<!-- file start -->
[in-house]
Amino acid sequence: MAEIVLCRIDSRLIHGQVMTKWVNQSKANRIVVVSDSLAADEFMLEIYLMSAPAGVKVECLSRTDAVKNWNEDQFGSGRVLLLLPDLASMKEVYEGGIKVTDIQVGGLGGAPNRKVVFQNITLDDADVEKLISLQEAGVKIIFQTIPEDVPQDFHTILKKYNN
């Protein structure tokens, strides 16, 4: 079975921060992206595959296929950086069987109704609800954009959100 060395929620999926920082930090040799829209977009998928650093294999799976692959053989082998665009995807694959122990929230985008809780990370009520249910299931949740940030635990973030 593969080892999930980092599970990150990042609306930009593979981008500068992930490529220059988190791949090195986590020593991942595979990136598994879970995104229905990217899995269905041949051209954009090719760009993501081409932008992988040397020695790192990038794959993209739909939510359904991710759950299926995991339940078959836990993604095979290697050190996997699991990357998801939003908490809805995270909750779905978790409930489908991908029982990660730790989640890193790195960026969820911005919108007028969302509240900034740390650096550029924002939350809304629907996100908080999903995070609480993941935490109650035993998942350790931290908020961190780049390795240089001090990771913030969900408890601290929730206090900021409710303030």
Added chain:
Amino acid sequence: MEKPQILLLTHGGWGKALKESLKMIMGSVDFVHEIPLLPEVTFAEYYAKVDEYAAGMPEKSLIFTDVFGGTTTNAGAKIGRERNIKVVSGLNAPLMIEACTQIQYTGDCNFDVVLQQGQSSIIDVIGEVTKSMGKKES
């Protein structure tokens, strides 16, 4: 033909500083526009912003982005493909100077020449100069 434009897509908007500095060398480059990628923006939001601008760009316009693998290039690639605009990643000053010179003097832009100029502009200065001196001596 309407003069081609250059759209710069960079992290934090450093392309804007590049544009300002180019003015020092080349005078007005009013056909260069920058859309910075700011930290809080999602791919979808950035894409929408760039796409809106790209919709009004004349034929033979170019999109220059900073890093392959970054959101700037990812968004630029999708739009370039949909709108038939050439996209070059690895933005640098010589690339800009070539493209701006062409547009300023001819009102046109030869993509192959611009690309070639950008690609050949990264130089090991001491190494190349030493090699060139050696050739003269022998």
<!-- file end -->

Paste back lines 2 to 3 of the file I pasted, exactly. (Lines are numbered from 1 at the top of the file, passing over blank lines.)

Amino acid sequence: MAEIVLCRIDSRLIHGQVMTKWVNQSKANRIVVVSDSLAADEFMLEIYLMSAPAGVKVECLSRTDAVKNWNEDQFGSGRVLLLLPDLASMKEVYEGGIKVTDIQVGGLGGAPNRKVVFQNITLDDADVEKLISLQEAGVKIIFQTIPEDVPQDFHTILKKYNN
């Protein structure tokens, strides 16, 4: 079975921060992206595959296929950086069987109704609800954009959100 060395929620999926920082930090040799829209977009998928650093294999799976692959053989082998665009995807694959122990929230985008809780990370009520249910299931949740940030635990973030 593969080892999930980092599970990150990042609306930009593979981008500068992930490529220059988190791949090195986590020593991942595979990136598994879970995104229905990217899995269905041949051209954009090719760009993501081409932008992988040397020695790192990038794959993209739909939510359904991710759950299926995991339940078959836990993604095979290697050190996997699991990357998801939003908490809805995270909750779905978790409930489908991908029982990660730790989640890193790195960026969820911005919108007028969302509240900034740390650096550029924002939350809304629907996100908080999903995070609480993941935490109650035993998942350790931290908020961190780049390795240089001090990771913030969900408890601290929730206090900021409710303030």